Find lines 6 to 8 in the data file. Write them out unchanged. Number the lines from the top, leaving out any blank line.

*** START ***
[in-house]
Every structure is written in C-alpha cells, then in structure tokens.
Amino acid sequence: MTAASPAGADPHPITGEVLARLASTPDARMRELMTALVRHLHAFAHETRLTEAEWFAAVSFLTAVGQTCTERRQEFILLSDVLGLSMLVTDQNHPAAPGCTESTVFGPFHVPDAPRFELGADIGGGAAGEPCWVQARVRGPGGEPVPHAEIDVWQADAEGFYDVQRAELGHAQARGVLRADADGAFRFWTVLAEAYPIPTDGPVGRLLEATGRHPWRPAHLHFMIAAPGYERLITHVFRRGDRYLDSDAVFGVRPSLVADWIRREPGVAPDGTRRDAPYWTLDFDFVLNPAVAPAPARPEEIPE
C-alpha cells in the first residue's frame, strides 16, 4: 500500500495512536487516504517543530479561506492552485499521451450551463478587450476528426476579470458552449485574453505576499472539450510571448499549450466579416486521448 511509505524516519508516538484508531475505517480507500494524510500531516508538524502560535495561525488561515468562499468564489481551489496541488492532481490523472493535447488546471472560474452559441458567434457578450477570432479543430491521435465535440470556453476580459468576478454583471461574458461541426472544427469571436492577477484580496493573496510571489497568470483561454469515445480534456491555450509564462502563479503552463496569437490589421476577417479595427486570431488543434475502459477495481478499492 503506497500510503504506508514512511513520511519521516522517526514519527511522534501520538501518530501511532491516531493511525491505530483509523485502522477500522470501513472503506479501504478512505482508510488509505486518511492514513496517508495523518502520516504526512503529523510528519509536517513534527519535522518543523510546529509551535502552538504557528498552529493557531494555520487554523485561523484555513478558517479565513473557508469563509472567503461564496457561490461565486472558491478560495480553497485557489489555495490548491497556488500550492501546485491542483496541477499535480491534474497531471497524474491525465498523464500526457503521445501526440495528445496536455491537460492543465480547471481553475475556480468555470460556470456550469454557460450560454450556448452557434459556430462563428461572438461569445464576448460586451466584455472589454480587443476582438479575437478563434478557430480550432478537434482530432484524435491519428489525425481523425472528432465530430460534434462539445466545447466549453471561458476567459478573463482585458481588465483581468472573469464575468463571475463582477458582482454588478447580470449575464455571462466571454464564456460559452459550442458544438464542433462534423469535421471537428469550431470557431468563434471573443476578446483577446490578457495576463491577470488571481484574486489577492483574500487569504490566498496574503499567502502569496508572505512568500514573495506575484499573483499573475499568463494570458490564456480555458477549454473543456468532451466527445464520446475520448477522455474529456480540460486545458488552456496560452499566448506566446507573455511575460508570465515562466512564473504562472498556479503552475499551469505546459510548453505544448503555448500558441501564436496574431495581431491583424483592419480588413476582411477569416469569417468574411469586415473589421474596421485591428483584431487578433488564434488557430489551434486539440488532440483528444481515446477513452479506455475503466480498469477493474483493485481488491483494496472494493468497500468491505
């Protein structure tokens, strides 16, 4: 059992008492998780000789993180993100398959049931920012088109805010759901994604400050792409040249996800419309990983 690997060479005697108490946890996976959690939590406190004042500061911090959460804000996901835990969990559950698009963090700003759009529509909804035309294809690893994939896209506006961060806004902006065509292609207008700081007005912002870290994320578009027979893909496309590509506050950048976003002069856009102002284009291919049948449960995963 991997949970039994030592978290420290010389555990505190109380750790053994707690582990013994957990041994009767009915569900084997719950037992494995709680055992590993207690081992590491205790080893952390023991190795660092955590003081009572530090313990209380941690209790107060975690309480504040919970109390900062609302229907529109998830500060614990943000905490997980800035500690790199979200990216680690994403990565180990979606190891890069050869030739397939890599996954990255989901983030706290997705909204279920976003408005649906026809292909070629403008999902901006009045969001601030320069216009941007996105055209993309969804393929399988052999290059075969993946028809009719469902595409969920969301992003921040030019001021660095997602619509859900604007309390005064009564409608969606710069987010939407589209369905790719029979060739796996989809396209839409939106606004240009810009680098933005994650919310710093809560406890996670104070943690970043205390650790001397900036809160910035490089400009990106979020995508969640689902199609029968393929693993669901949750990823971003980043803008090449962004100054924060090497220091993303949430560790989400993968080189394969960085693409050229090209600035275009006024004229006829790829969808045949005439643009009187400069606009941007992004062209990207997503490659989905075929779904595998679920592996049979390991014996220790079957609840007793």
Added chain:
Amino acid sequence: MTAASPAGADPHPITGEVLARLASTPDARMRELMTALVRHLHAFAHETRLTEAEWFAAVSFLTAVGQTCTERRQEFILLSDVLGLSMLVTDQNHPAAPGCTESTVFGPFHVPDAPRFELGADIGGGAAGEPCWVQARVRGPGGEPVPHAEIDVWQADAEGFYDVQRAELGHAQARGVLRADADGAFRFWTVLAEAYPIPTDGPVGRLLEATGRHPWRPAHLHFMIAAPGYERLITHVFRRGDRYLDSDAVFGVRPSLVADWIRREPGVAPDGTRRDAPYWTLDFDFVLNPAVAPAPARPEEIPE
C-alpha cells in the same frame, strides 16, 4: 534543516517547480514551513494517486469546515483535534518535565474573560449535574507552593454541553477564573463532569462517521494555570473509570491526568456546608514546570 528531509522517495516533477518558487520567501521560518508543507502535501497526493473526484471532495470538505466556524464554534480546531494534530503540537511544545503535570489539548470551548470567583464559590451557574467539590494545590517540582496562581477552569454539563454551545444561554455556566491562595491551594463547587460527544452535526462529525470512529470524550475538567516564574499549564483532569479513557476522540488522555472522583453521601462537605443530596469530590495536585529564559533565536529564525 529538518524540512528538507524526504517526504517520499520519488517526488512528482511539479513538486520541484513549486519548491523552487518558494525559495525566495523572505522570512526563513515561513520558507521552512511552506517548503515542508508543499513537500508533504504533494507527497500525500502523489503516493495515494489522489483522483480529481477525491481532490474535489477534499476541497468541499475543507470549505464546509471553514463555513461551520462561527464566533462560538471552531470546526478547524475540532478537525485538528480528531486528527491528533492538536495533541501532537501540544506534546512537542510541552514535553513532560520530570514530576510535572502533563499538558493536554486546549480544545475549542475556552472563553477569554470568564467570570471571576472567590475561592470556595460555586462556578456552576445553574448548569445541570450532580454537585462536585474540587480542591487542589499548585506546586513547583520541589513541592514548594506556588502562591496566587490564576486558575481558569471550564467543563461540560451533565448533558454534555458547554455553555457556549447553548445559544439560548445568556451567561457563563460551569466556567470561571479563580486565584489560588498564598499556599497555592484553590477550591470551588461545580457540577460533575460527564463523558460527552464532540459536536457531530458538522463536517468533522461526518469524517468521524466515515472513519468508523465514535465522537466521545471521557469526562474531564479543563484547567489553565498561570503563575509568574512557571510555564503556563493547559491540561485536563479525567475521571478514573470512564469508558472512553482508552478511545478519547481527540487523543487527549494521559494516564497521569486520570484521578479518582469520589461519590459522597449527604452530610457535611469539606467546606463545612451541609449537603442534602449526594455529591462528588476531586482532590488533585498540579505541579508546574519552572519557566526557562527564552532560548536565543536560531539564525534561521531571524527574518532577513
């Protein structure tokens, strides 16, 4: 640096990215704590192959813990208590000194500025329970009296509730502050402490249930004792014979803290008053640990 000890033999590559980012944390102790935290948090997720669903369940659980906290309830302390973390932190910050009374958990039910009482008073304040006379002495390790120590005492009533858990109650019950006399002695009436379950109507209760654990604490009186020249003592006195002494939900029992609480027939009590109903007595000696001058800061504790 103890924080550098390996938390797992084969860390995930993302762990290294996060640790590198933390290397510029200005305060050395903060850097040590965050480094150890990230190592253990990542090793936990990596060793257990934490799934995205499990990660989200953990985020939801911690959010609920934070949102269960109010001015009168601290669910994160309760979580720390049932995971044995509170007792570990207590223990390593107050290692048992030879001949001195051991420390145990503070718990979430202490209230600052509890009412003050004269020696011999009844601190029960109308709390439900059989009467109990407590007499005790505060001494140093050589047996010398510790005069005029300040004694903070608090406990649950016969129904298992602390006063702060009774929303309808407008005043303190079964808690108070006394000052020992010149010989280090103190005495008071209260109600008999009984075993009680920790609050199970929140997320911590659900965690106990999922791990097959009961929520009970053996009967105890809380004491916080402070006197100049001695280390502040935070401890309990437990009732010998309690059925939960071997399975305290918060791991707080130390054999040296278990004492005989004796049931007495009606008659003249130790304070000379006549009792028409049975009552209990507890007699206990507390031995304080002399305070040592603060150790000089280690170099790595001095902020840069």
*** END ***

Added chain:
Amino acid sequence: MTAASPAGADPHPITGEVLARLASTPDARMRELMTALVRHLHAFAHETRLTEAEWFAAVSFLTAVGQTCTERRQEFILLSDVLGLSMLVTDQNHPAAPGCTESTVFGPFHVPDAPRFELGADIGGGAAGEPCWVQARVRGPGGEPVPHAEIDVWQADAEGFYDVQRAELGHAQARGVLRADADGAFRFWTVLAEAYPIPTDGPVGRLLEATGRHPWRPAHLHFMIAAPGYERLITHVFRRGDRYLDSDAVFGVRPSLVADWIRREPGVAPDGTRRDAPYWTLDFDFVLNPAVAPAPARPEEIPE
C-alpha cells in the same frame, strides 16, 4: 534543516517547480514551513494517486469546515483535534518535565474573560449535574507552593454541553477564573463532569462517521494555570473509570491526568456546608514546570 528531509522517495516533477518558487520567501521560518508543507502535501497526493473526484471532495470538505466556524464554534480546531494534530503540537511544545503535570489539548470551548470567583464559590451557574467539590494545590517540582496562581477552569454539563454551545444561554455556566491562595491551594463547587460527544452535526462529525470512529470524550475538567516564574499549564483532569479513557476522540488522555472522583453521601462537605443530596469530590495536585529564559533565536529564525 529538518524540512528538507524526504517526504517520499520519488517526488512528482511539479513538486520541484513549486519548491523552487518558494525559495525566495523572505522570512526563513515561513520558507521552512511552506517548503515542508508543499513537500508533504504533494507527497500525500502523489503516493495515494489522489483522483480529481477525491481532490474535489477534499476541497468541499475543507470549505464546509471553514463555513461551520462561527464566533462560538471552531470546526478547524475540532478537525485538528480528531486528527491528533492538536495533541501532537501540544506534546512537542510541552514535553513532560520530570514530576510535572502533563499538558493536554486546549480544545475549542475556552472563553477569554470568564467570570471571576472567590475561592470556595460555586462556578456552576445553574448548569445541570450532580454537585462536585474540587480542591487542589499548585506546586513547583520541589513541592514548594506556588502562591496566587490564576486558575481558569471550564467543563461540560451533565448533558454534555458547554455553555457556549447553548445559544439560548445568556451567561457563563460551569466556567470561571479563580486565584489560588498564598499556599497555592484553590477550591470551588461545580457540577460533575460527564463523558460527552464532540459536536457531530458538522463536517468533522461526518469524517468521524466515515472513519468508523465514535465522537466521545471521557469526562474531564479543563484547567489553565498561570503563575509568574512557571510555564503556563493547559491540561485536563479525567475521571478514573470512564469508558472512553482508552478511545478519547481527540487523543487527549494521559494516564497521569486520570484521578479518582469520589461519590459522597449527604452530610457535611469539606467546606463545612451541609449537603442534602449526594455529591462528588476531586482532590488533585498540579505541579508546574519552572519557566526557562527564552532560548536565543536560531539564525534561521531571524527574518532577513